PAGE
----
One cloud in the sunny outlook on SAS/SATA II, however, comes from industry insiders at AMCC. They note that SATA II is being Balkanized by many vendors: instead of delivering the full suite of capabilities touted in the spec, including 3Gig “wire speed” support, native command queuing, and port replication, some vendors are shipping only a subset of these capabilities in their SATA II products. We are starting to hear product names that reflect this phenomenon: “SATA 3Gig Wide” and “SATA 1.1 Extensions.” These products do not deliver all of the bells and whistles we have been led to expect from SATA II. Caveat emptor.
The AMCC folks gave me something else to think about. They claim that SAS may not be as important as some in the industry would have us believe. With their current and upcoming SATA II implementations, AMCC claims it can deliver a compelling alternative to SAS through dual configurations of SATA II controllers and redundant SATA II disk that will deliver all of the performance and resiliency touted by the SAS guys but at a fraction of the price. They have promised to send us an array thusly configured so we can test it for ourselves. We’ll let you know what we find out.
Finally, be on the lookout for some great new technology from DataCore Software. We haven’t heard much in awhile from the Ft. Lauderdale, Florida storage software company, and rumors of its impending demise were running rampant only a year or so ago. To get the low down on what was going on at DataCore, I jumped in my roadster and traveled from the Gulf coast of Tampa Bay to the company’s digs on the Atlantic side of the state.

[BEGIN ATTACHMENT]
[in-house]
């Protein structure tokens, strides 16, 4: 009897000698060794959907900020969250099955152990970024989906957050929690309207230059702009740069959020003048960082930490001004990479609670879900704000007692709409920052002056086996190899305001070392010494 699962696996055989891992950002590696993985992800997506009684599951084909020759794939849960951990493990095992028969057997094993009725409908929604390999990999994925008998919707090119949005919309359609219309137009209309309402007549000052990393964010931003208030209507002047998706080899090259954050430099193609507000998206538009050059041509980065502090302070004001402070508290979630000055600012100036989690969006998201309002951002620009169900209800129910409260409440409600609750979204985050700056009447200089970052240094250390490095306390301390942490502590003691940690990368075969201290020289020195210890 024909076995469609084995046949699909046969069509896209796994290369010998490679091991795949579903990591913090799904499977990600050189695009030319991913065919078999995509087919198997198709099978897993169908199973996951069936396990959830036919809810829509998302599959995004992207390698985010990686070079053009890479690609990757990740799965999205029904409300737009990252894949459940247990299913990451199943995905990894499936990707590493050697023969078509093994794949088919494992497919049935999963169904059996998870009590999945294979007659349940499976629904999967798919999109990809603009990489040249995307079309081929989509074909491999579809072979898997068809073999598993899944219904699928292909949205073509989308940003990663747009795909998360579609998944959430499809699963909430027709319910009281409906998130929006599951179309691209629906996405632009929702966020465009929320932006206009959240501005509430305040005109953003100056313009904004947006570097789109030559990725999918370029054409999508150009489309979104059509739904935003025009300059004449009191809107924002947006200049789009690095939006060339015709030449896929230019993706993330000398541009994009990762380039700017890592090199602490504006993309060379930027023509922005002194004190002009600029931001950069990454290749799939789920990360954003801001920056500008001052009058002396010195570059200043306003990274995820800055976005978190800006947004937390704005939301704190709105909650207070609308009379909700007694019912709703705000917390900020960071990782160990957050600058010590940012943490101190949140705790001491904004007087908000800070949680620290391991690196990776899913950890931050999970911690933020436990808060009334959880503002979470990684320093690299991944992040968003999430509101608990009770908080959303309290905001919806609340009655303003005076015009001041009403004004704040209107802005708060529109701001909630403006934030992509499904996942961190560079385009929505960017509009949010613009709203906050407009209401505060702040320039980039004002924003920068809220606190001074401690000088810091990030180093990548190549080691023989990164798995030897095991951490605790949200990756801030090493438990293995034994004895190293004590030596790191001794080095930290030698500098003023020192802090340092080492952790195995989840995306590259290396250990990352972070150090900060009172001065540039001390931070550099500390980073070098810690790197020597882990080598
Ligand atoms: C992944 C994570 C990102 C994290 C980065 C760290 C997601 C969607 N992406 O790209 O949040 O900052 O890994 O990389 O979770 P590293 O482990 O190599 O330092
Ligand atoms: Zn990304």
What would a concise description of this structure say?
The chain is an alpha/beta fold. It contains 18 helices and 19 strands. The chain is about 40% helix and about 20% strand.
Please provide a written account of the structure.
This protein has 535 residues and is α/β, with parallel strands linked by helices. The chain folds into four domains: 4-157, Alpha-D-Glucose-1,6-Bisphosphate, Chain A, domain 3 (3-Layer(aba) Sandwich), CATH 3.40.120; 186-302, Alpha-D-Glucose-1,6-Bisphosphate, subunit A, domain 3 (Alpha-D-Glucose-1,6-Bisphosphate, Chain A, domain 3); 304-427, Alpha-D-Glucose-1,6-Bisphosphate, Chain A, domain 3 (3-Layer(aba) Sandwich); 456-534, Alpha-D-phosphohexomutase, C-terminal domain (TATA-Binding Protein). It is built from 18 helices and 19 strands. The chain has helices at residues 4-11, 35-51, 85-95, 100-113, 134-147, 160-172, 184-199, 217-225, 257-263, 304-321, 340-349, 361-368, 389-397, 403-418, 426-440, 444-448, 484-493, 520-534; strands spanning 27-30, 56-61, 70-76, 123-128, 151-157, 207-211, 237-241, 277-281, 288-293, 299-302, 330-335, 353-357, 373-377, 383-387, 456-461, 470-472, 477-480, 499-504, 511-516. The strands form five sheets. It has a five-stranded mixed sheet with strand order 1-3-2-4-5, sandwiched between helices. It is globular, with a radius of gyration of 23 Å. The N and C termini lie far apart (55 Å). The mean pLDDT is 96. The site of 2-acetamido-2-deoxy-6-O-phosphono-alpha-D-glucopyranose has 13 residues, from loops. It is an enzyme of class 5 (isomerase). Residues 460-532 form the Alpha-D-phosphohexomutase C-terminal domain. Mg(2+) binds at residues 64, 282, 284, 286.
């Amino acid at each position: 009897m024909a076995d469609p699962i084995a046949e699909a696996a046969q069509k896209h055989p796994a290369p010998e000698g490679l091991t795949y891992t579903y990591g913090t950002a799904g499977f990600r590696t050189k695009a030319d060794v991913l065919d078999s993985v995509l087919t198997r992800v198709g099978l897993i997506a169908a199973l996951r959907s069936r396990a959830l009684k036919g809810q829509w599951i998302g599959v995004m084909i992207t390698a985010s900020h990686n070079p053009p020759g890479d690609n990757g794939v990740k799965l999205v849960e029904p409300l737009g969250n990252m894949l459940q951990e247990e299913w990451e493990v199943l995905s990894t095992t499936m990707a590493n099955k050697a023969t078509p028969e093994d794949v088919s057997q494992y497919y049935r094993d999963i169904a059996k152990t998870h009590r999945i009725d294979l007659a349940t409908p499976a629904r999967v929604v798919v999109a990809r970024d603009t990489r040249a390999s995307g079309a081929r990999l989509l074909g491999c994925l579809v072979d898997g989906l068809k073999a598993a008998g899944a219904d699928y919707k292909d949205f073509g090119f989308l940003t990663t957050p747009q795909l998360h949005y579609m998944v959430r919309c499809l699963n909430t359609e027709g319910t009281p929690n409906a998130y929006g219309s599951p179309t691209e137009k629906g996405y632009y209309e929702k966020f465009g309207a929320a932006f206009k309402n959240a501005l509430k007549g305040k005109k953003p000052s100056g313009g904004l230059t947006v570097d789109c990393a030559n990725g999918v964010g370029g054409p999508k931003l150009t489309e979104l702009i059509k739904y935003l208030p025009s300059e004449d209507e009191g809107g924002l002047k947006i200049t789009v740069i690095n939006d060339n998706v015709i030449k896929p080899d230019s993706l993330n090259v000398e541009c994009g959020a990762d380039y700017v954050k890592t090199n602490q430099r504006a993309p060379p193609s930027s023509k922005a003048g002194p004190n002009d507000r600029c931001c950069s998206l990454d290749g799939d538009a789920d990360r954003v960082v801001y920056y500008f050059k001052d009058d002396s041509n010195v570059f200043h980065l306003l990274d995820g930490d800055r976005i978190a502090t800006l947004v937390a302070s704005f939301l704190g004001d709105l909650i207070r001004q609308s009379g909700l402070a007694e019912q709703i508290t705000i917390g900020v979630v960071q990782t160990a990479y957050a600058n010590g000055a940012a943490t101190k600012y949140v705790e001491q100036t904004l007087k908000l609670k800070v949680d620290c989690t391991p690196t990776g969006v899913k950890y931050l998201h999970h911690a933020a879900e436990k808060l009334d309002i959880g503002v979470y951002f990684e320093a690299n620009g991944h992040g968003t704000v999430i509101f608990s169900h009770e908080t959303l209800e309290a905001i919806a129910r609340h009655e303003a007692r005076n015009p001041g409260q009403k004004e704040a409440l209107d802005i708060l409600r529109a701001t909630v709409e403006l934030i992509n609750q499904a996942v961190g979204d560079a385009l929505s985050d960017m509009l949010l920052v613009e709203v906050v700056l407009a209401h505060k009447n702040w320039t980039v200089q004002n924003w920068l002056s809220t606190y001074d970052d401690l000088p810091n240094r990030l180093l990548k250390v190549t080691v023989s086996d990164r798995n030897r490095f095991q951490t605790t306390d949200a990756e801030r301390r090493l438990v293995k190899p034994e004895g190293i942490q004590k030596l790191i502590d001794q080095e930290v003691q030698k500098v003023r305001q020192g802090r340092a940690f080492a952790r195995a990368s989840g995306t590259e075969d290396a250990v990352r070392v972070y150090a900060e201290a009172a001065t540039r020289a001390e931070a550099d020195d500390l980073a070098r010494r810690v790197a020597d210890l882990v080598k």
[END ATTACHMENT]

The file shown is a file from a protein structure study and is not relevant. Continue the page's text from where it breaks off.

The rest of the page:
CEO George Teixiera and wild man CTO Ziya Azal—and the real powerhouse of the organization, Bettye Grant—convinced me that the trip was well worth the two tanks of gasoline it cost to visit them. First, the update: DataCore met the slowdown in the storage market head on in 2003, and the company went through a painful downsizing not unlike what I have seen at many Silicon Valley shops. The difference in DataCore’s case was that the management and employees bought out most of their investors and hunkered back down to work on some very interesting technology.
Within the next few months, look for them to deliver the first working implementation of virtualization over iSCSI, as well as some very cool I/O process expediting ware that will soon be turning a lot of heads. While they may be quieter than they have been in the past, they still demonstrate a passionate irreverence toward entrenched and institutionalized storage concepts that makes them out-of-the-box thinkers and innovators.
If their latest wares catch fire, we might begin to see an unraveling of the RAID controller value proposition. Who needs RAID if you can do copy-on-write to virtual volume sets? Again, it will be nice to see the good guys come back to win the day.
Next time, we’ll look at some of the weeds that you may want to pluck before they have a chance to overwhelm your storage garden. Until then, write me at email@example.com.
About the Author
Jon William Toigo is chairman of The Data Management Institute, the CEO of data management consulting and research firm Toigo Partners International, as well as a contributing editor to Enterprise Systems and its Storage Strategies columnist. Mr. Toigo is the author of 14 books, including Disaster Recovery Planning, 3rd Edition, and The Holy Grail of Network Storage Management, both from Prentice Hall.